I am proofing the galleys for this new edition of the Maude translation of War and Peace when a freak storm with gale force winds takes out three towering pines on my neighbor’s property, topples a venerable oak crushing a friend’s roof, and downs trees and power lines all over Princeton township and beyond, leaving the southern part of the state deprived of electricity for several days.

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Questioning Alternative Medicine

By Roberta Bivins
As a historian who writes about the controversial topic of ‘alternative medicine’, I get a lot of questions about whether this or that therapy ‘works’. Sometimes, these questions are a test of my objectivity as a researcher.

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War and Peace Part Two: Earthquakes

By Amy Mandelker
The earthquake in China. The school that collapsed, crushing students and teachers, was established and funded by the charitable organization for which my ex-husband works. He is a conservationist and social activist, and for several days following the first shocks, he is only able to contact one of his co-workers at the scene, who digs alone at the site of the school with his chilled, bare hands for an entire day. By evening he uncovers the dead body of a teacher.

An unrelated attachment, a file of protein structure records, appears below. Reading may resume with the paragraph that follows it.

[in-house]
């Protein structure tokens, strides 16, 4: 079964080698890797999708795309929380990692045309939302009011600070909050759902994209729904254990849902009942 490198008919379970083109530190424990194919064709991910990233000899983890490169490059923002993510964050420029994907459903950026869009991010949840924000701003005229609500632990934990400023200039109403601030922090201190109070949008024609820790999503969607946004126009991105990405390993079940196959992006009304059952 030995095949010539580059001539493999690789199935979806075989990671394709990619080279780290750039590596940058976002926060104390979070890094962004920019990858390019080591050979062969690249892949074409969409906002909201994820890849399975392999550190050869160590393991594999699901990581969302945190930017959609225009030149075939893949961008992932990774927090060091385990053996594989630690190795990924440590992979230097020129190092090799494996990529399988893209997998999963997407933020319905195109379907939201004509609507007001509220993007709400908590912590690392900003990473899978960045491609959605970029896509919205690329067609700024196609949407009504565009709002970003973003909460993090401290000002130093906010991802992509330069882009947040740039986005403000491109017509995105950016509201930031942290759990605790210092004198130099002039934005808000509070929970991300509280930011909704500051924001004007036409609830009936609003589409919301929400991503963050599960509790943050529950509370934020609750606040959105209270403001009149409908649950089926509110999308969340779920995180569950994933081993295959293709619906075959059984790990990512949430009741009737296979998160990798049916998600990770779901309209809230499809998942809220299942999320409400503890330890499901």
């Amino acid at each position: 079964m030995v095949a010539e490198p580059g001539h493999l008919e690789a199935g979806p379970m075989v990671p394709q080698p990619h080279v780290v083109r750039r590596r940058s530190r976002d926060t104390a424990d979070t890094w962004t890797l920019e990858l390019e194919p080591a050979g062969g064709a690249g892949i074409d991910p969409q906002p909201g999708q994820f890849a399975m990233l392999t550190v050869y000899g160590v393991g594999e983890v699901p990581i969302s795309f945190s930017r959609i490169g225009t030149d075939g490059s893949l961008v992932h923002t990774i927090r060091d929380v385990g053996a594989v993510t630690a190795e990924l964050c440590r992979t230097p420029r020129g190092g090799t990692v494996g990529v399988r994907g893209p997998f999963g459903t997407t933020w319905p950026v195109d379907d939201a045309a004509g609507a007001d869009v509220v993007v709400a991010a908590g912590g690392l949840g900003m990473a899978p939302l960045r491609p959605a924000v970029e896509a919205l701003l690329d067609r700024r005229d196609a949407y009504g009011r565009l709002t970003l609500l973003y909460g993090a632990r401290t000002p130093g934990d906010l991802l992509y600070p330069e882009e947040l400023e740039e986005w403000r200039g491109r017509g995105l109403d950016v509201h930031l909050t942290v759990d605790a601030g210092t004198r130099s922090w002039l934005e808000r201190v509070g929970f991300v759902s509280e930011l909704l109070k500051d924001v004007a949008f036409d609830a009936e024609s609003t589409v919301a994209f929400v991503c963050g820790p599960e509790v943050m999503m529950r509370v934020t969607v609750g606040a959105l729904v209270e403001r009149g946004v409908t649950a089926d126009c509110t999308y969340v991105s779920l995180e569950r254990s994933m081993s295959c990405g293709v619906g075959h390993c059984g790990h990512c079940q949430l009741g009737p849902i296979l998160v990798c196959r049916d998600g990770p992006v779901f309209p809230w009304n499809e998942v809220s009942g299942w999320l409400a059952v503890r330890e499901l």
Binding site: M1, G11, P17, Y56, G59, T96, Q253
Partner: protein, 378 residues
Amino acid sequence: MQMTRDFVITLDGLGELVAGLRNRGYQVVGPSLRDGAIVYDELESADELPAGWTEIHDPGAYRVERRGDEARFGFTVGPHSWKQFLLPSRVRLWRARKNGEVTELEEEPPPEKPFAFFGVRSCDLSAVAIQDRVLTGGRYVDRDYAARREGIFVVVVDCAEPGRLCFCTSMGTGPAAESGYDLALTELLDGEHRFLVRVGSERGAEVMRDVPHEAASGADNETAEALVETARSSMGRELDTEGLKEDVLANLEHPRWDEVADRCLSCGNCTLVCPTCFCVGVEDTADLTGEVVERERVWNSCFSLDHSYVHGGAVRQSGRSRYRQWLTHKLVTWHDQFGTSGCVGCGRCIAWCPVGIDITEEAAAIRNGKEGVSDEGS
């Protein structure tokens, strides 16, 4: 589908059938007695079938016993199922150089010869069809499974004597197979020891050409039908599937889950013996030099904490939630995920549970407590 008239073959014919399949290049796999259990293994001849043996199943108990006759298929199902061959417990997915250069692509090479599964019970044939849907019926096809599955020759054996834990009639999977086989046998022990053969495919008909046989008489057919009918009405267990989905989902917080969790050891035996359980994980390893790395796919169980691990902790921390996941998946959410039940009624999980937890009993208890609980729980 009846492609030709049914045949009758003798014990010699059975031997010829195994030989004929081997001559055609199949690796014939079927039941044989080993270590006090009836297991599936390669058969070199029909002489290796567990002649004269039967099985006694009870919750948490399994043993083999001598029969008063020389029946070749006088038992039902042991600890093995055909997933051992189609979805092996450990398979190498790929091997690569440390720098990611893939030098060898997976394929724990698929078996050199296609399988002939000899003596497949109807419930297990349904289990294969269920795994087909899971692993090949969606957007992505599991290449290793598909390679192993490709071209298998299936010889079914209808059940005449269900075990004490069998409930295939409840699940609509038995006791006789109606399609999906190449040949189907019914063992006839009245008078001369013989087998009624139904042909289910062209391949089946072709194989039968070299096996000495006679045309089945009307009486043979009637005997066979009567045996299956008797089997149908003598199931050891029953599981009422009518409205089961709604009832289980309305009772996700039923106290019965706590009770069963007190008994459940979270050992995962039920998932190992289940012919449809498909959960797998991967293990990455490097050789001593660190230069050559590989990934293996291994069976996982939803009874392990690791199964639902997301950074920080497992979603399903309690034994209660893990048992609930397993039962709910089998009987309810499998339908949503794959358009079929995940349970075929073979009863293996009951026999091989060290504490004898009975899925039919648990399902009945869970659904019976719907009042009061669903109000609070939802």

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How do you write a Very Short Introduction to English Literature?

By Jonathan Bate
My last three books have been a 670 page life of the agricultural labouring poet John Clare, a two and half thousand page edition of the complete works of Shakespeare, and a 500 page “intellectual biography” of Shakespeare in the context of his age. So how could I resist an invitation from OUP to write a VERY SHORT book!

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War and Peace Part One: Tolstoy and Moscow

By Amy Mandelker
Moscow is choked with smoke from surrounding fires. I follow developments online, reading over the weekend that they have been digging trenches to cut off the path of the blaze before it detonates nuclear stockpiles.

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Science, religion, and magic

By Alec Ryrie
My book started out as a bit of fun, trying to tell a rollicking good story. I did that, I hope, but I also ended up somewhere more controversial than I expected: caught in the ongoing crossfire between science and religion. What I realised is that you can’t make sense of their relationship without inviting a third ugly sister to the party: magic.

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What is the point of agnosticism?

By Robin Le Poidevin
Do we really need agnosticism nowadays? The inventor of the name ‘agnosticism’, the Victorian evolutionist Thomas Henry Huxley, certainly found it useful to have a word describing his lack of certainty when he was surrounded by those who seemed to have no such doubt. But then he lived in a period of transition.

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Celebrating the King James Bible

By Gordon Campbell
Why all the fuss about an old translation of an ancient book? There are two reasons: first, it is the founding text of the British Empire (including breakaway colonies such as the United States), and was carried to every corner of the English-speaking world by migrants and missionaries; second, it matters now, both as a religious text and as the finest embodiment of English prose. Its history in the intervening centuries has been complex. The text has evolved…